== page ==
The burdens of Bombardier’s former rail division continue to plague Alstom, which will spend much more than expected this year – an unforeseen event that is derailing its stock market share. This has significant implications for Caisse de dépôt et placement du Québec’s (CDPQ) multibillion-dollar investment in the French giant, which has plunged about 70% since 2021.

Despite calls for calm launched by the rolling stock manufacturer, it was severely punished by investors on Thursday. On the Paris Stock Exchange, its action dropped around 37%, or 7.85 euros, to trade at 13.60%.

The bad news that awaited shareholders? Alstom expects to have drawn down 1.5 billion euros (CAN 2.1 billion) from its reserves for the first six months of its financial year. For the full year, the hole should be around 750 million euros (CAN 1 billion). This change contrasts significantly with the forecast of a previously anticipated “significantly positive” surplus.

Alstom attributes the situation to three elements: higher inventories to support an increase in production, payments that have not yet been received as well as a problematic contract that belonged to Bombardier Transportation. This is the “Aventra” program involving the delivery of 443 trains to five different customers in the United Kingdom.

“It’s a contract that we inherited, that we improved significantly, but that is still in a difficult situation,” commented Alstom’s chief financial officer, Bernard Delpit, in a conference call with financial analysts. , Wednesday, after the markets close.

Without going into detail on the move to be made in this matter, Mr. Delpit warned that the contract will continue to have an impact on the performance of the French giant until the start of the next financial year, which will begin on April 1. .

The Alstom stock market debacle affects the CDPQ. The value of its investment in the multinational has collapsed by 68%, or 2.8 billion CAN since January 29, when the French company officially got its hands on Bombardier Transportation. The nest egg of Quebecers, who owned approximately a third of Bombardier Transport, had converted its stake in Alstom in addition to purchasing shares of the multinational at a price of 40.67 euros. The investment was estimated at CAN 4.1 billion.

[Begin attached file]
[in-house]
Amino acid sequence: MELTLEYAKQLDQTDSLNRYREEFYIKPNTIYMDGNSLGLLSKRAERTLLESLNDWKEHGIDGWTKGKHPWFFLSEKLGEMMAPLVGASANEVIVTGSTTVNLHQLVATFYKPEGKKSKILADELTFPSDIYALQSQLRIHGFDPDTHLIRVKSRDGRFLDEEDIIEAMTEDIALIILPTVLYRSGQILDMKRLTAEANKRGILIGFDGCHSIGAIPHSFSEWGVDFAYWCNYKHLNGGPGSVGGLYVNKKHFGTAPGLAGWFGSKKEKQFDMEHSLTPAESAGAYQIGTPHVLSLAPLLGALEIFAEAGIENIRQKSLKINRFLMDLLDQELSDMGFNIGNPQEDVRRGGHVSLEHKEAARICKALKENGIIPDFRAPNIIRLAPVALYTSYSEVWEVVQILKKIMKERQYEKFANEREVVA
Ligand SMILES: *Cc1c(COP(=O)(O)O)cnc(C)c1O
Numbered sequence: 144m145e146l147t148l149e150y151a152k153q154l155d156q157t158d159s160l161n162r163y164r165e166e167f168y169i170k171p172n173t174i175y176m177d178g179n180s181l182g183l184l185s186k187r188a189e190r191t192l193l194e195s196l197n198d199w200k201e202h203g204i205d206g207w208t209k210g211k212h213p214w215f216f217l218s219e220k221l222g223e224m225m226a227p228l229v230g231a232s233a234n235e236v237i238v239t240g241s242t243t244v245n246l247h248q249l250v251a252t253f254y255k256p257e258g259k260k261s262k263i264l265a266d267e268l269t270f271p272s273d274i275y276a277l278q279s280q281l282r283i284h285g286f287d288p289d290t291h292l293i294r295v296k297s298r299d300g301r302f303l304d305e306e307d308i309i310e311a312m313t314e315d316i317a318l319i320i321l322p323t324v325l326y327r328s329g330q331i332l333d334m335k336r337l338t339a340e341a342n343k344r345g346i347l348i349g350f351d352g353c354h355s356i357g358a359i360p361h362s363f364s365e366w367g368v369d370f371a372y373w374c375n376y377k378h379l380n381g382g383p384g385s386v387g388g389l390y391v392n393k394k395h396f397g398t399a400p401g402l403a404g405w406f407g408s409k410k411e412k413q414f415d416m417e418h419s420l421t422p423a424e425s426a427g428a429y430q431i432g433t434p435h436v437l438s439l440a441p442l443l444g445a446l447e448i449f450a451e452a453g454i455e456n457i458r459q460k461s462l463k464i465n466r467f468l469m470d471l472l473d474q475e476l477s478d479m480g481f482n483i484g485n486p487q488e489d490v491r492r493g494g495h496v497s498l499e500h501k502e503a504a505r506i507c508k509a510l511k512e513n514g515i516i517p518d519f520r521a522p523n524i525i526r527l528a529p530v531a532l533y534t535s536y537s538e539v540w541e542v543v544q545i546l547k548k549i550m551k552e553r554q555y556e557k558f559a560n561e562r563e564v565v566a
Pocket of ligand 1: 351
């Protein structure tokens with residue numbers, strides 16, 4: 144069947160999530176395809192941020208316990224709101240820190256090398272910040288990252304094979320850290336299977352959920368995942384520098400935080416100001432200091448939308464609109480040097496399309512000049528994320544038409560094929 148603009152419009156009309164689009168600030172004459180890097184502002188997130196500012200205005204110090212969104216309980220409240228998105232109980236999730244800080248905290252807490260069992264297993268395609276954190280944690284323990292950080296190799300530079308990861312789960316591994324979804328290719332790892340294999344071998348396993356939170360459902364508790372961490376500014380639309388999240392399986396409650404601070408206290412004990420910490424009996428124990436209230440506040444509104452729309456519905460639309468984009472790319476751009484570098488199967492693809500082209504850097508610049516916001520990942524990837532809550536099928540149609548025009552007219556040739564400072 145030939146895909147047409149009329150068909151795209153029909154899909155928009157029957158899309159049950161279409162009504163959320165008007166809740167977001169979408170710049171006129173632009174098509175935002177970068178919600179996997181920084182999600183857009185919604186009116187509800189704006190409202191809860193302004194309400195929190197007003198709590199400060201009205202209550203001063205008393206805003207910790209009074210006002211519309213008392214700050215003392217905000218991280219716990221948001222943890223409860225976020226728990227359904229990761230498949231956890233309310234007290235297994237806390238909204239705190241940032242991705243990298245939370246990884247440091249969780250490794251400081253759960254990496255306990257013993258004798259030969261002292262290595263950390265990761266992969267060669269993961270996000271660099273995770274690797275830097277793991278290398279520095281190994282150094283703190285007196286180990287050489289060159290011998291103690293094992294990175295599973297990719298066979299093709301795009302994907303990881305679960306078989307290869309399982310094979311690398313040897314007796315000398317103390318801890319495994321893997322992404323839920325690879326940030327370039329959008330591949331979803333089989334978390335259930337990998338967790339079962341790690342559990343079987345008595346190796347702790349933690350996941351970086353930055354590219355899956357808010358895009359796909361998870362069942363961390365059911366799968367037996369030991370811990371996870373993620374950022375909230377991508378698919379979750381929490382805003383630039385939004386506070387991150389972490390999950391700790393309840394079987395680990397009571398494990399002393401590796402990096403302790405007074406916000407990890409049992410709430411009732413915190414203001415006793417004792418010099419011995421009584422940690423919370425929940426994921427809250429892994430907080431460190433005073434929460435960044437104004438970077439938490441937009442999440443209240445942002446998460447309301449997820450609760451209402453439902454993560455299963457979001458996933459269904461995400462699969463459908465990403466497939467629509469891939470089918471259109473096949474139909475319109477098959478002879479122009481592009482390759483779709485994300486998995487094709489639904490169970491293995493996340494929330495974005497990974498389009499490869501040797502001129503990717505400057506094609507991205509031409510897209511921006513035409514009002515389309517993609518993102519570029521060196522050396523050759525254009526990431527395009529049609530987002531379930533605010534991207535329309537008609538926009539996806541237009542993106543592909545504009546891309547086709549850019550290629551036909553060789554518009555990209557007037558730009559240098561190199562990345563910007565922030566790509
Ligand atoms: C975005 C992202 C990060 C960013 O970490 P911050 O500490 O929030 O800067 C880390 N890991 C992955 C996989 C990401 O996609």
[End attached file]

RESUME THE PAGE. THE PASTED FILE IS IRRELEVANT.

As of Thursday, the block of shares held by the pension plan manager was worth just $1.3 billion. More than two and a half years after the Caisse’s bet in the world number two rolling stock company, the return is far from being there for the institution.

“We will closely monitor the progress of the company’s work to rectify the situation over the coming months,” says CDPQ spokesperson Kate Monfette. We nevertheless maintain a strong conviction about our investment in Alstom in the long term and more broadly in the sustainable mobility sector. »

With its 17.2% stake, the Caisse is the largest shareholder of the multinational.

Despite the bad news surrounding its cash flow, Alstom reiterated its forecasts for its revenue growth for the current financial year as well as its operating margins.

This was not enough to reassure financial analysts. According to the American firm Stifel, Alstom’s warning will “immediately raise questions” about its financial health.

“We struggle to understand how inventories can increase so massively in the context of improving supply chains,” Stifel argues, raising the possibility that there are “bigger problems.”

For its part, Oddo BHF fears seeing rating agencies like Moody’s lower Alstom’s credit rating – a decision which would notably increase the rolling stock manufacturer’s borrowing costs.